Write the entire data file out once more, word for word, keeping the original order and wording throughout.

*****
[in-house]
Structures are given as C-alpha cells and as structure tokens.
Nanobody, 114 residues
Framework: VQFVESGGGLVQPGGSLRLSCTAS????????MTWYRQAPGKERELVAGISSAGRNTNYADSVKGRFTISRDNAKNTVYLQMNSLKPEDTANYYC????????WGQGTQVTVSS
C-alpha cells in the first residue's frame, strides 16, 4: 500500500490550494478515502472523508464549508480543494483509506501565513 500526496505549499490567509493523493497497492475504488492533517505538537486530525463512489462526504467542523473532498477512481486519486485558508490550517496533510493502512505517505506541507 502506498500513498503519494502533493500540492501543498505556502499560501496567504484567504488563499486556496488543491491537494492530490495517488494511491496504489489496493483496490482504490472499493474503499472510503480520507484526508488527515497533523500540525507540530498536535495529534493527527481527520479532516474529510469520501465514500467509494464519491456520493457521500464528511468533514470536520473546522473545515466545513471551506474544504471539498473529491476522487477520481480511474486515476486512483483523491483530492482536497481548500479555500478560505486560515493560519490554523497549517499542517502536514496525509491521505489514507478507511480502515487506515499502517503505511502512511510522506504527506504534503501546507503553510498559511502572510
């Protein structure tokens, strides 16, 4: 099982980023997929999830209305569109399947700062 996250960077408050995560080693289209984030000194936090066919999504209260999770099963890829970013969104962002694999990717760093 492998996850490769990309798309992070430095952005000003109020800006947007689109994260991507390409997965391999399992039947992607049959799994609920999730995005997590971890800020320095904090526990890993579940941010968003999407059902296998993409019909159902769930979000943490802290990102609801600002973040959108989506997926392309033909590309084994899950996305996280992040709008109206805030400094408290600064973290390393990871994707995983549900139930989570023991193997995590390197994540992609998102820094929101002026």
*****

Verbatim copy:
[in-house]
Structures are given as C-alpha cells and as structure tokens.
Nanobody, 114 residues
Framework: VQFVESGGGLVQPGGSLRLSCTAS????????MTWYRQAPGKERELVAGISSAGRNTNYADSVKGRFTISRDNAKNTVYLQMNSLKPEDTANYYC????????WGQGTQVTVSS
C-alpha cells in the first residue's frame, strides 16, 4: 500500500490550494478515502472523508464549508480543494483509506501565513 500526496505549499490567509493523493497497492475504488492533517505538537486530525463512489462526504467542523473532498477512481486519486485558508490550517496533510493502512505517505506541507 502506498500513498503519494502533493500540492501543498505556502499560501496567504484567504488563499486556496488543491491537494492530490495517488494511491496504489489496493483496490482504490472499493474503499472510503480520507484526508488527515497533523500540525507540530498536535495529534493527527481527520479532516474529510469520501465514500467509494464519491456520493457521500464528511468533514470536520473546522473545515466545513471551506474544504471539498473529491476522487477520481480511474486515476486512483483523491483530492482536497481548500479555500478560505486560515493560519490554523497549517499542517502536514496525509491521505489514507478507511480502515487506515499502517503505511502512511510522506504527506504534503501546507503553510498559511502572510
């Protein structure tokens, strides 16, 4: 099982980023997929999830209305569109399947700062 996250960077408050995560080693289209984030000194936090066919999504209260999770099963890829970013969104962002694999990717760093 492998996850490769990309798309992070430095952005000003109020800006947007689109994260991507390409997965391999399992039947992607049959799994609920999730995005997590971890800020320095904090526990890993579940941010968003999407059902296998993409019909159902769930979000943490802290990102609801600002973040959108989506997926392309033909590309084994899950996305996280992040709008109206805030400094408290600064973290390393990871994707995983549900139930989570023991193997995590390197994540992609998102820094929101002026």